It's the third day of the first training camp for the upcoming season, and I'm at home, with a sore throat and a minor sunstroke. Inspired by my out-of-season springtime and the phenomenal weather currently gracing the Balearic islands, I may have pushed, erm, just a tad beyond what would have been deemed appropriate for this time of the year (#FuckReasonable being the tagline of choice on many of my recent Strava rides) - and must now pay in full the price of my daringness.

With my training mates gone to explore the decadent bar scene, I sit, my entire body hurting, shrunk in the couch by the fireplace, as Elbow's "Leaders of the Free World" plays in the background. Between writing friends back in the Continent and sipping chamomile tea with honey, I skim through some entries from this very blog. Reviewing stories from the past few weeks - and years - somehow the aches are diminished, and I must restrain myself not to begin drawing plans for yet another long, and fast, day in the saddle tomorrow (maybe I do want to keep that remaining tonsil after all...).

Nevertheless. I wrote, and I hold to it, that inspiring others is the ultimate goal behind sharing my adventures here. Sometimes, however, it turns out that I am the one inspired. Even if perhaps a bit narcissistically, I manage to be touched, why, even admire some of my own prose as it reminds me of the obvious conclusion when facing this evening's maladies:

That's a bill I'm glad to pay.


Canadian Lakes, Bavarian Mountains

November 21st, 2010. Bruce Peninsula National Park, somewhere by Georgian Bay. After a cold, windy night, the morning sun coloured the overcast eastern sky with shades of magenta. The sea is a good place to think of the future - but on that weekend, a lake had to make do.

- - -

December 21st, 2016, Winter solstice. Atop the Wallberg, Bavarian Alps. The alarm clock went off at 4 AM ahead of the drive to Rottach-Egern where the clear, moonlit sky made headlamps redundant for the night ascent. Reaching the top just ahead of dawn, I savoured a cup of coffee awaiting the first rays of sunlight.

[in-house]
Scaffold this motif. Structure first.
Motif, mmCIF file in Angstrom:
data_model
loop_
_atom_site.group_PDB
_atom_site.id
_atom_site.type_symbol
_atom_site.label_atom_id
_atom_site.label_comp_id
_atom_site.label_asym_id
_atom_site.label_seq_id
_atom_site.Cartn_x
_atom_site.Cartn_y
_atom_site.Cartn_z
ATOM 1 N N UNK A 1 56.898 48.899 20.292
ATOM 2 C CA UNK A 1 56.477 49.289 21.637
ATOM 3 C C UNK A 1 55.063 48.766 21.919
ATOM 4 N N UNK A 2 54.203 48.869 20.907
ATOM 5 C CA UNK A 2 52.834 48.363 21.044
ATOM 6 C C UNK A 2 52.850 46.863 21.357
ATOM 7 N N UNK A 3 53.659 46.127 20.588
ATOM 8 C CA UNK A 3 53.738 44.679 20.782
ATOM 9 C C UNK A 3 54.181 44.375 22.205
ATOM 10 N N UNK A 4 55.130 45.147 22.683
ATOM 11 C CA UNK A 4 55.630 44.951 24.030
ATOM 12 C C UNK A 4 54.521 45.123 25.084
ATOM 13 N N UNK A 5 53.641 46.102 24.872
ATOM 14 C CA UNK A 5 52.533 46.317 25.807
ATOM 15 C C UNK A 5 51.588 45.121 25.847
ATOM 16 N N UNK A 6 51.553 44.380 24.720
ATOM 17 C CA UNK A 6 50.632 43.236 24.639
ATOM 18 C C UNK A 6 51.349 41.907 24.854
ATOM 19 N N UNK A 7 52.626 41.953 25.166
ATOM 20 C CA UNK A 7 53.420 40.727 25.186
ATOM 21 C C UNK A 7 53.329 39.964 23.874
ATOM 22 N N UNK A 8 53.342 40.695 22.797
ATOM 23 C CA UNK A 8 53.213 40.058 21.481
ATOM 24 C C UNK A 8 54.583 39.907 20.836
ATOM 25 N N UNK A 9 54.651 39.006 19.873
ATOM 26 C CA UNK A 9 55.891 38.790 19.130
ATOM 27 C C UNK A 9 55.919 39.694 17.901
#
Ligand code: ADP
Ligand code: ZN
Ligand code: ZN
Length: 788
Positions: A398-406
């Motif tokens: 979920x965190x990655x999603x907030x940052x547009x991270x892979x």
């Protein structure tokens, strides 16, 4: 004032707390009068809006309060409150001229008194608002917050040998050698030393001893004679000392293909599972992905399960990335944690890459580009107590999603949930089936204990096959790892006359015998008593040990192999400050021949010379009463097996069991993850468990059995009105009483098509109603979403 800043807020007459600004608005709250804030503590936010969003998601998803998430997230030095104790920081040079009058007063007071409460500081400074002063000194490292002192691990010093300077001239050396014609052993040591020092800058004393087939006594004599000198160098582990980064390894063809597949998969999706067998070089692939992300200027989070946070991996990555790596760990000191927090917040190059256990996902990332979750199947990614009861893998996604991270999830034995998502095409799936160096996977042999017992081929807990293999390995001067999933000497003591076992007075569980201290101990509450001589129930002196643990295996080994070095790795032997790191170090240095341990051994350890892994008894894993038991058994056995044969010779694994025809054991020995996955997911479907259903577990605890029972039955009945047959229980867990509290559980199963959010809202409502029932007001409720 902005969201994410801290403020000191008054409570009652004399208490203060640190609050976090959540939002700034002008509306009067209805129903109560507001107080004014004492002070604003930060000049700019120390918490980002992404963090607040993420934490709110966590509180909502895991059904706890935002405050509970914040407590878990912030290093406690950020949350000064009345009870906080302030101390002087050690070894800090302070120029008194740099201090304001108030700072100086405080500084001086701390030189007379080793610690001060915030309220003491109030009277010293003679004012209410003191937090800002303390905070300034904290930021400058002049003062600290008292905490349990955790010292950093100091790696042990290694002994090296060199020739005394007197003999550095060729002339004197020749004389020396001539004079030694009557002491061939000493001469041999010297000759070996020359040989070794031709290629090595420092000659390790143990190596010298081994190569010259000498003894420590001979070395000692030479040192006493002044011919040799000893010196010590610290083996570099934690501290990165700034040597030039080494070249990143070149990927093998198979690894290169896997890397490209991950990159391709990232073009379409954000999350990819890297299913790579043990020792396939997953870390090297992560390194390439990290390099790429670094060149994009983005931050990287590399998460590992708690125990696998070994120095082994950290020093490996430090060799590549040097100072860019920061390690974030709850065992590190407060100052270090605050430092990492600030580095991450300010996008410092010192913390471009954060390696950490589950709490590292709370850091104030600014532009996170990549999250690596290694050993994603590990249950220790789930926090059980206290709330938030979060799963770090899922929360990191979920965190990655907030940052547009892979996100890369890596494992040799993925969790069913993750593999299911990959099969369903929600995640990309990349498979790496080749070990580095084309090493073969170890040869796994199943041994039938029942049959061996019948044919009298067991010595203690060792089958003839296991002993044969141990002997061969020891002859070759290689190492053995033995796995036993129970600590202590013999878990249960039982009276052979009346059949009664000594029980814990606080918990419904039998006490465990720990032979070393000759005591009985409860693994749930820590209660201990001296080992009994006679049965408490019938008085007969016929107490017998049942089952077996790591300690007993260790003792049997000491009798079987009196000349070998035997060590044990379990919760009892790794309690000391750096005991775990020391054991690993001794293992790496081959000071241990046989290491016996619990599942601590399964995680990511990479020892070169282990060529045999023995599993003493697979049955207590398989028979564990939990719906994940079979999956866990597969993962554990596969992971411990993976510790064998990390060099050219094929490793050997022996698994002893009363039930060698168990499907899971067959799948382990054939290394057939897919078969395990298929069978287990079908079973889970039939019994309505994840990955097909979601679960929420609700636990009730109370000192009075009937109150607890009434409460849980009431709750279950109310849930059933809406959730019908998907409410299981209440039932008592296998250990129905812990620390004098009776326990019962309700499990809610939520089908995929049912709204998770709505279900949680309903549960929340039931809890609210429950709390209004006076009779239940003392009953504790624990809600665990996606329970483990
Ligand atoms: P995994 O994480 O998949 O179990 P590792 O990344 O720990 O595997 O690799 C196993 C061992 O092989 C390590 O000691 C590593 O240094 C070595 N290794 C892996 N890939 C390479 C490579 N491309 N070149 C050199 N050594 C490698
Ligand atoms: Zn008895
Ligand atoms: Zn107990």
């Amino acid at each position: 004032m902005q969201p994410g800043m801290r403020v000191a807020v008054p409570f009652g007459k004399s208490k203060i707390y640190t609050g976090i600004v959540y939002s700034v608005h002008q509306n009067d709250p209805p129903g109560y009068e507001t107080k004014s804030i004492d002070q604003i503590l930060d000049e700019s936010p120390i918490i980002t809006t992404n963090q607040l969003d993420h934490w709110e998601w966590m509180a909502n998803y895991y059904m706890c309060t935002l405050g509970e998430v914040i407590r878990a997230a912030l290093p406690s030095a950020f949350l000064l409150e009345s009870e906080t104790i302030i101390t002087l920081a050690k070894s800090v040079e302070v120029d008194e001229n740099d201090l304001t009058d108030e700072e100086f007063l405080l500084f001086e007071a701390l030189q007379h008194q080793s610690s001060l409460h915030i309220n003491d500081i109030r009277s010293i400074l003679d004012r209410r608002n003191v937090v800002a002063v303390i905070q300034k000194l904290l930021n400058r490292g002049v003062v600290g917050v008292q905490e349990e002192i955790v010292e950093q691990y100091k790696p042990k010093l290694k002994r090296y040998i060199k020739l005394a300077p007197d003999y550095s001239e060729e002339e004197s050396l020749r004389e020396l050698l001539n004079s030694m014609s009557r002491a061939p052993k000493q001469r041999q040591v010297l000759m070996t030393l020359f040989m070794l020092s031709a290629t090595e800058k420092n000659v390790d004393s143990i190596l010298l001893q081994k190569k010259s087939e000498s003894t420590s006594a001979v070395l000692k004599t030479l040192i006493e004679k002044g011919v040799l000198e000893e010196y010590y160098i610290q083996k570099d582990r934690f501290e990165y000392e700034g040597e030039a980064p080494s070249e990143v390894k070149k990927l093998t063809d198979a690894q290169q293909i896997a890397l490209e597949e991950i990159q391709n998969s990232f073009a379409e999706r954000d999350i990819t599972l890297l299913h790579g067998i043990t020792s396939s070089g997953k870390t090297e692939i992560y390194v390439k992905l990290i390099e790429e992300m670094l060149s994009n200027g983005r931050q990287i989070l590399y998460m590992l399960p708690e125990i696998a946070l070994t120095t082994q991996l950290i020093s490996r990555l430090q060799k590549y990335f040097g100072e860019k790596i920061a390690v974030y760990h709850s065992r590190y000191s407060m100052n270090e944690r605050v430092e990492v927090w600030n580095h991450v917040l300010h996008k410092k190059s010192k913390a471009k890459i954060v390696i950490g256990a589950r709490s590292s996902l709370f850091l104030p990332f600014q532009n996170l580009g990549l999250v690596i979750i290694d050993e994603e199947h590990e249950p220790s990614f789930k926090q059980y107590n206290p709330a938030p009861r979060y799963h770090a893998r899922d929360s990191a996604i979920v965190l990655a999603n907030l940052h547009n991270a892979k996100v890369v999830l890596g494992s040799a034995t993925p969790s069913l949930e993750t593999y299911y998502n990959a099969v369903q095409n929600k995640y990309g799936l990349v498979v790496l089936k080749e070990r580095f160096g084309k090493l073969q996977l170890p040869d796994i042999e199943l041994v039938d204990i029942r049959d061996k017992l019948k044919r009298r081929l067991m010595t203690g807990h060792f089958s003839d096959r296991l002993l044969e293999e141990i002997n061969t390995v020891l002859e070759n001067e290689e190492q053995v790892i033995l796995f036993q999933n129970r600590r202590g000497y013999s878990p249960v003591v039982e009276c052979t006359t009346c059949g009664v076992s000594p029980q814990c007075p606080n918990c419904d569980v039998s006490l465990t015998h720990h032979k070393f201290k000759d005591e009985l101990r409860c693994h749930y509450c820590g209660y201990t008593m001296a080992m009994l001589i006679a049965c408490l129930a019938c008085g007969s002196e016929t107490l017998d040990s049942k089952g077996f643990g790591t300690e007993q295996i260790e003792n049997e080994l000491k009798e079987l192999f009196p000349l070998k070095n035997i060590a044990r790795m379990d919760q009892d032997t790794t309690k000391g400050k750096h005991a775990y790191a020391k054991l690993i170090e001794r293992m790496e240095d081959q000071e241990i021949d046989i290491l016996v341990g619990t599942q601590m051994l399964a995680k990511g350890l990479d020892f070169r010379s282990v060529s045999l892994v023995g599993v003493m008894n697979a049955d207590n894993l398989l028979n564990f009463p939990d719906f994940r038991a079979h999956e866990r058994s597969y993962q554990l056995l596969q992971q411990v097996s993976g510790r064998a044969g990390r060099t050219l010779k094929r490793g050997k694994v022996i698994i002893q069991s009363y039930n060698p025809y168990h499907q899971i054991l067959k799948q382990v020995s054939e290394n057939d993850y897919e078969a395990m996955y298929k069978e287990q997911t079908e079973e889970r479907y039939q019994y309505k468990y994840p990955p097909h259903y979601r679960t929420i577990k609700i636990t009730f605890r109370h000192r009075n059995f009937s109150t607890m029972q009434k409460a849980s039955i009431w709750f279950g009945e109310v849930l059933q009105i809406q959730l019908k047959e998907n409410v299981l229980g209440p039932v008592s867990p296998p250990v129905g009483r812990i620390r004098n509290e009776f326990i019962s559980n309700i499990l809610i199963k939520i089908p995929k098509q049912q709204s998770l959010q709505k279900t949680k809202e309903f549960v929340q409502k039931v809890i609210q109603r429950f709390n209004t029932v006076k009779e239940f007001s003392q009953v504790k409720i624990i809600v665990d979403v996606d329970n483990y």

- - -

In between, exactly two thousand, two hundred and twenty-two days. I swear I did not plan the dates.


Le Sacre d'hiver

I flew back from the Middle of the Atlantic with more questions than answers, clinging dearly to the hope that my stream of overflowing emotions somehow managed to reach out, to inspire and embrace. I was afraid, exposed, and exhausted - yet simultaneously radiantly happy and whole. And as I woke up from almost twelve hours of sleep the day after, I could hear that electrifying music playing again - silently and yet so loud.

- - -

Walking back from our company's Christmas dinner, I contemplated the small, and perhaps not so small, goals and milestones we've achieved, and the plethora of ideas and plans for the way ahead we had just discussed over a Nero d'Avila or three. For the first time in many a year, I felt like there could be, however blurred and tortuous, a greater goal, a sense of purpose. Reaching the subway platform, Münchener Freiheit greeted me with its trademark classical concert on the background. I had to smile.